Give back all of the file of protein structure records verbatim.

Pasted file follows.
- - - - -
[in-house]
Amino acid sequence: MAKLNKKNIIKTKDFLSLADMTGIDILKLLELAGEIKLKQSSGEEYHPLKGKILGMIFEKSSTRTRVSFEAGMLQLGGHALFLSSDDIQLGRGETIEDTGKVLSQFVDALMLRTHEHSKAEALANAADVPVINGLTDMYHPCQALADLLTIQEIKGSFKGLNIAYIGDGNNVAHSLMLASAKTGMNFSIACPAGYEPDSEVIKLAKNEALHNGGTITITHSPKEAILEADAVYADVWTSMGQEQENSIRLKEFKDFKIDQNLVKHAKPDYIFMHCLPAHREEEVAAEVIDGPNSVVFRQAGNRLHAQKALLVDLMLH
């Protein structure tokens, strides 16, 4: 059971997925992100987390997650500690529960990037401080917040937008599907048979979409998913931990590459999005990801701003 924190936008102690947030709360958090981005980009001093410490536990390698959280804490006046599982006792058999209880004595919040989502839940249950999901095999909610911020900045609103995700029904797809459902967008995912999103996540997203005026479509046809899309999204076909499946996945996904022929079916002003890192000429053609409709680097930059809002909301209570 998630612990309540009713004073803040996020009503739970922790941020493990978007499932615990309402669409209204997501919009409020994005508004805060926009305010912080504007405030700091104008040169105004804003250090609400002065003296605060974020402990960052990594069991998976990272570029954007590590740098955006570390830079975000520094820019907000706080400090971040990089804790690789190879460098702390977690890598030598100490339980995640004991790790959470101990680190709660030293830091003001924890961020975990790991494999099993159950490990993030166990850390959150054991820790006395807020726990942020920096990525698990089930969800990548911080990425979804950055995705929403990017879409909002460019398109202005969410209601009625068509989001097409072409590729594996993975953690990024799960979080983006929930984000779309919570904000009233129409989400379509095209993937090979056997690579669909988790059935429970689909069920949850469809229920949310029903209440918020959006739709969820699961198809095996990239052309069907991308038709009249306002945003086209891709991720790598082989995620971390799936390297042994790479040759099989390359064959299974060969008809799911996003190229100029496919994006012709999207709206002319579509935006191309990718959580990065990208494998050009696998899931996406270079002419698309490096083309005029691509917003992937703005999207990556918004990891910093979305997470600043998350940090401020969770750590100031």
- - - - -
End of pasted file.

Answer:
[in-house]
Amino acid sequence: MAKLNKKNIIKTKDFLSLADMTGIDILKLLELAGEIKLKQSSGEEYHPLKGKILGMIFEKSSTRTRVSFEAGMLQLGGHALFLSSDDIQLGRGETIEDTGKVLSQFVDALMLRTHEHSKAEALANAADVPVINGLTDMYHPCQALADLLTIQEIKGSFKGLNIAYIGDGNNVAHSLMLASAKTGMNFSIACPAGYEPDSEVIKLAKNEALHNGGTITITHSPKEAILEADAVYADVWTSMGQEQENSIRLKEFKDFKIDQNLVKHAKPDYIFMHCLPAHREEEVAAEVIDGPNSVVFRQAGNRLHAQKALLVDLMLH
């Protein structure tokens, strides 16, 4: 059971997925992100987390997650500690529960990037401080917040937008599907048979979409998913931990590459999005990801701003 924190936008102690947030709360958090981005980009001093410490536990390698959280804490006046599982006792058999209880004595919040989502839940249950999901095999909610911020900045609103995700029904797809459902967008995912999103996540997203005026479509046809899309999204076909499946996945996904022929079916002003890192000429053609409709680097930059809002909301209570 998630612990309540009713004073803040996020009503739970922790941020493990978007499932615990309402669409209204997501919009409020994005508004805060926009305010912080504007405030700091104008040169105004804003250090609400002065003296605060974020402990960052990594069991998976990272570029954007590590740098955006570390830079975000520094820019907000706080400090971040990089804790690789190879460098702390977690890598030598100490339980995640004991790790959470101990680190709660030293830091003001924890961020975990790991494999099993159950490990993030166990850390959150054991820790006395807020726990942020920096990525698990089930969800990548911080990425979804950055995705929403990017879409909002460019398109202005969410209601009625068509989001097409072409590729594996993975953690990024799960979080983006929930984000779309919570904000009233129409989400379509095209993937090979056997690579669909988790059935429970689909069920949850469809229920949310029903209440918020959006739709969820699961198809095996990239052309069907991308038709009249306002945003086209891709991720790598082989995620971390799936390297042994790479040759099989390359064959299974060969008809799911996003190229100029496919994006012709999207709206002319579509935006191309990718959580990065990208494998050009696998899931996406270079002419698309490096083309005029691509917003992937703005999207990556918004990891910093979305997470600043998350940090401020969770750590100031």